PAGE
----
Things I thought

Sunday 3 February 2013

An Open Letter To Chris Grayling

Dear Mr. Grayling, Thank you for reading this letter. As one of Britain's premiere fuckwits I realise that you must be very busy. Just working out how to get out of bed and put your trousers on without kicking yourself repeatedly in the head must take hours, and that's before you've even started fucking up whichever department Cameron's deemed expendable enough to put you in charge of this week. That said, I would greatly appreciate it if you would take the time to explain a few details regarding the prison reforms you shat out during an interview with the Mail on Sunday today. I recognise that as you were speaking to the Mail you may have legitimately believed that nobody with a key stage 3 comprehension level or higher would ever read the bilious bilge you let dripple from your slackened maw. Sadly for the rest of us, your imaginative musings regarding the state of British prisons (as well as the revelations the joy you take in attacking people smaller and weaker than yourself) were reprinted in numerous respectable newspapers and the Guardian meaning many more people than originally intended, including my self, have now had the misfortune of reading them. While most of your reforms – for example restricting prisoners' access to Sky TV – are the equivalent of promising to finally rid the nation of unicorns, one measure did catch my eye. To aid you in your valiant effort to fight crime you've promised to end the “growing practice” of gay couples sharing cells – a form of “domestic life” which you say is unacceptable in prison. It is towards this towering totem of Tory toss that I'd like to direct my enquiries.

First of all, at what point in a relationship would the proposed ban on gay couples sharing a cell/prison kick in? Would they need to have had “the talk” regarding what they meant to each other, or could they just be a couple of guys having fun without worrying where it was all going? Does the ban apply just to couples or fuckbuddies too? Will there be an exception for people who love shagging but secretly hate each other?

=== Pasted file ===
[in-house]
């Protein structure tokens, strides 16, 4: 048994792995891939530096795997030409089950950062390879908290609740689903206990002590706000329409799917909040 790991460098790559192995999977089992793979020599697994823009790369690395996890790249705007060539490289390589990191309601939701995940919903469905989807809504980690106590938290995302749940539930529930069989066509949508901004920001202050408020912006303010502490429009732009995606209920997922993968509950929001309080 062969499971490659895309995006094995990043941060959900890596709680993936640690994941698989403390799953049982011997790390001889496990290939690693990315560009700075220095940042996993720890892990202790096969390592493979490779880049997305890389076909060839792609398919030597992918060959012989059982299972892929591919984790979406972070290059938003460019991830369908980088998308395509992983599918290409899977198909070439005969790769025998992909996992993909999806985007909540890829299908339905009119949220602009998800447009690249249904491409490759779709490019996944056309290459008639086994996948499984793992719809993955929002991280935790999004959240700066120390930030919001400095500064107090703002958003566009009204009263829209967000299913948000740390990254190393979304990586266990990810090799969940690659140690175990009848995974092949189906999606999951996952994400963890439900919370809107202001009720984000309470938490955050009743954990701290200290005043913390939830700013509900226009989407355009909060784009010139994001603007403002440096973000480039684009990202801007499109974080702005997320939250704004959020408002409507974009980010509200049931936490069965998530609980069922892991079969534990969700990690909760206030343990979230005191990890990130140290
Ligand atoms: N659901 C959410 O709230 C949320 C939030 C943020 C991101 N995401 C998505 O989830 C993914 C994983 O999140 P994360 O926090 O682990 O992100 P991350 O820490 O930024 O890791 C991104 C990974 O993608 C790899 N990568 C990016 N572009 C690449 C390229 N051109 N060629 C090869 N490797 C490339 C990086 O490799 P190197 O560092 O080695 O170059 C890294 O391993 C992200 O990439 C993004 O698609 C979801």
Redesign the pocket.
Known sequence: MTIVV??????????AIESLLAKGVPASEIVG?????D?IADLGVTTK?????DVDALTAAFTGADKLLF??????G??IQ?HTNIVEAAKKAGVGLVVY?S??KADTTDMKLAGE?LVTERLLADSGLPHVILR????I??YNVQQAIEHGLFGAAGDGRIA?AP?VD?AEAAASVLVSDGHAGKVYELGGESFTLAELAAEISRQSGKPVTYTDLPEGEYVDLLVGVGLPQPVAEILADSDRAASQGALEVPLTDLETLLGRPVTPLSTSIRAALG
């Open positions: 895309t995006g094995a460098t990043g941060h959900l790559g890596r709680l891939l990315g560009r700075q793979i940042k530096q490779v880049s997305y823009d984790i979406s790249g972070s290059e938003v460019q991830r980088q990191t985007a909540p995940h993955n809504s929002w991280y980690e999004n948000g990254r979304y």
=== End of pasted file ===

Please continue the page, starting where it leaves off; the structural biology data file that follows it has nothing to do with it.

By the way, is it just gay prisoners' sex lives that bother you, or is it the idea of them having “domestic” arrangements at all? Because if it's the latter, I've got some bad news: when you're less than 6 feet from someone for 23 hours a day, shit gets pretty domestic whether or not you decide to smoosh your erogenous zones together. In my experience most prisoners live the lives of elderly couples – nattering endlessly about TV and the weather, doing chores together and never having sex. With this in mind will you seek to break up straight prisoners who are just good friends?

Speaking of which, are straight prisoners allowed to fuck? As many of your colleagues will fiercely attest, fucking other men doesn't make you gay, so I smell a loophole.

On the subject of holes, would rimming count, or does your definition of gay sex only include penetration? What if my cell mate and I just decided to toss each other off? Just once? Twice? Three wanks and you're out?

As a former prisoner of Wandsworth, one of your government's shittiest penal establishments, I can confidently say that sucking another man's cock in order to get moved (which otherwise would have taken months or years) would have been a win-win situation. How will you stop wily bisexuals like me jumping the queue for the best prisons? On that note, how are you going to know who's in a relationship, who isn't, and who's faking? Will prison guards have to watch the actual act of coitus (again, a bonus as far as I'm concerned) or will you just move people from cell to cell and prison to prison based on whether they “seem like poofs”?

Considering the rise of polyamorous relationships, how will you ensure that you don't break up a gay couple only to inadvertently reaccomadate them with someone they're already dating? If everyone in the prison system enters a polyamorous relationship with each other, will 97,000 new one-person prisons need to be built?

As I know you'd never just parp out a half-arsed policy fart to appease the fuckbrained gobshites who read the Mail on Sunday (and have been deserting your party in droves lately), I'm sure you've already thought long and hard about all these issues, along with the obvious human rights implications of treating gay prisoners differently to other inmates. What concerns me most, though, is whether you've considered the personal cost. Despite the fevered fantasies of you and your Tory brethren, prison is not a paradise for gay people. In fact, the only openly LGBTQ person I encountered there was the subject of homophobic bullying and threats from prisoners and guards alike*. Many LGBTQ people – in couples or not – may choose to live with other gay prisoners simply because it's safer. So, Mr. Grayling, my last question is this: when the first inmate dies from this policy, either through violence or suicide, what will you tell their family?


Jonnie Marbles